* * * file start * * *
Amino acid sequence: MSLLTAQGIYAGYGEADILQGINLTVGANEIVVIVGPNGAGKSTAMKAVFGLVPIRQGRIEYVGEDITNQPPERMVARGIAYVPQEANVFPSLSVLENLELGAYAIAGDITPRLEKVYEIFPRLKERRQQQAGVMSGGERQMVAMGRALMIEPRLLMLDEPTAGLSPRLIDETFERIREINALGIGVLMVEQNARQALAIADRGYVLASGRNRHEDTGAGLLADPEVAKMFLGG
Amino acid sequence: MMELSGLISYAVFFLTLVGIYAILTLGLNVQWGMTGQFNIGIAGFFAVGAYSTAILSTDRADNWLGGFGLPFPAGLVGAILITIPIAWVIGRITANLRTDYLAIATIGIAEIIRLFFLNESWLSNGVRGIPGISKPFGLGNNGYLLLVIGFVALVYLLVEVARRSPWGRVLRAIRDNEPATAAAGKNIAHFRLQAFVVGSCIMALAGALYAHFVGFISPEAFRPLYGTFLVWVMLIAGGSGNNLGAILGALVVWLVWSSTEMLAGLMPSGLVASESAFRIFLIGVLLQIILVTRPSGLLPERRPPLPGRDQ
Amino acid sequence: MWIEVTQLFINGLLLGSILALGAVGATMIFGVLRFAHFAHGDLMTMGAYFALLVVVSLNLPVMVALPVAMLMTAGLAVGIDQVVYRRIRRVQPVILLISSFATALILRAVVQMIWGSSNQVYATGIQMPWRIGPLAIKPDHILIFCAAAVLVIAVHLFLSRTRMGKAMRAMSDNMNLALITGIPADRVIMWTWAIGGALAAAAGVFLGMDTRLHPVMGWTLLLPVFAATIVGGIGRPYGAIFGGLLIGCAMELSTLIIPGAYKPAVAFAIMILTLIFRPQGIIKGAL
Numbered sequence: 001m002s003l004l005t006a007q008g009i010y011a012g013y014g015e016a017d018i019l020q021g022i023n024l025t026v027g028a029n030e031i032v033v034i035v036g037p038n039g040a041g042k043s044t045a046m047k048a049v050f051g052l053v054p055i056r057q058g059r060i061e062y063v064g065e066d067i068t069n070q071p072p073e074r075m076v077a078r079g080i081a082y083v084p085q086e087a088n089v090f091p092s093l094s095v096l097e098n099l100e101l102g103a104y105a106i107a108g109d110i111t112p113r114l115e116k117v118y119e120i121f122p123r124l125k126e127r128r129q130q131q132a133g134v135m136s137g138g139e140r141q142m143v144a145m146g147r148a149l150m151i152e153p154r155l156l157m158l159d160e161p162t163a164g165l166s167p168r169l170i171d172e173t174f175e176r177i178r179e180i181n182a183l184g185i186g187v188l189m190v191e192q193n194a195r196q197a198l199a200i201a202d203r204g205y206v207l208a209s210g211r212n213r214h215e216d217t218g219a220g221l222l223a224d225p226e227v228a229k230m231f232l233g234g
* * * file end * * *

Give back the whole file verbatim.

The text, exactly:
Amino acid sequence: MSLLTAQGIYAGYGEADILQGINLTVGANEIVVIVGPNGAGKSTAMKAVFGLVPIRQGRIEYVGEDITNQPPERMVARGIAYVPQEANVFPSLSVLENLELGAYAIAGDITPRLEKVYEIFPRLKERRQQQAGVMSGGERQMVAMGRALMIEPRLLMLDEPTAGLSPRLIDETFERIREINALGIGVLMVEQNARQALAIADRGYVLASGRNRHEDTGAGLLADPEVAKMFLGG
Amino acid sequence: MMELSGLISYAVFFLTLVGIYAILTLGLNVQWGMTGQFNIGIAGFFAVGAYSTAILSTDRADNWLGGFGLPFPAGLVGAILITIPIAWVIGRITANLRTDYLAIATIGIAEIIRLFFLNESWLSNGVRGIPGISKPFGLGNNGYLLLVIGFVALVYLLVEVARRSPWGRVLRAIRDNEPATAAAGKNIAHFRLQAFVVGSCIMALAGALYAHFVGFISPEAFRPLYGTFLVWVMLIAGGSGNNLGAILGALVVWLVWSSTEMLAGLMPSGLVASESAFRIFLIGVLLQIILVTRPSGLLPERRPPLPGRDQ
Amino acid sequence: MWIEVTQLFINGLLLGSILALGAVGATMIFGVLRFAHFAHGDLMTMGAYFALLVVVSLNLPVMVALPVAMLMTAGLAVGIDQVVYRRIRRVQPVILLISSFATALILRAVVQMIWGSSNQVYATGIQMPWRIGPLAIKPDHILIFCAAAVLVIAVHLFLSRTRMGKAMRAMSDNMNLALITGIPADRVIMWTWAIGGALAAAAGVFLGMDTRLHPVMGWTLLLPVFAATIVGGIGRPYGAIFGGLLIGCAMELSTLIIPGAYKPAVAFAIMILTLIFRPQGIIKGAL
Numbered sequence: 001m002s003l004l005t006a007q008g009i010y011a012g013y014g015e016a017d018i019l020q021g022i023n024l025t026v027g028a029n030e031i032v033v034i035v036g037p038n039g040a041g042k043s044t045a046m047k048a049v050f051g052l053v054p055i056r057q058g059r060i061e062y063v064g065e066d067i068t069n070q071p072p073e074r075m076v077a078r079g080i081a082y083v084p085q086e087a088n089v090f091p092s093l094s095v096l097e098n099l100e101l102g103a104y105a106i107a108g109d110i111t112p113r114l115e116k117v118y119e120i121f122p123r124l125k126e127r128r129q130q131q132a133g134v135m136s137g138g139e140r141q142m143v144a145m146g147r148a149l150m151i152e153p154r155l156l157m158l159d160e161p162t163a164g165l166s167p168r169l170i171d172e173t174f175e176r177i178r179e180i181n182a183l184g185i186g187v188l189m190v191e192q193n194a195r196q197a198l199a200i201a202d203r204g205y206v207l208a209s210g211r212n213r214h215e216d217t218g219a220g221l222l223a224d225p226e227v228a229k230m231f232l233g234g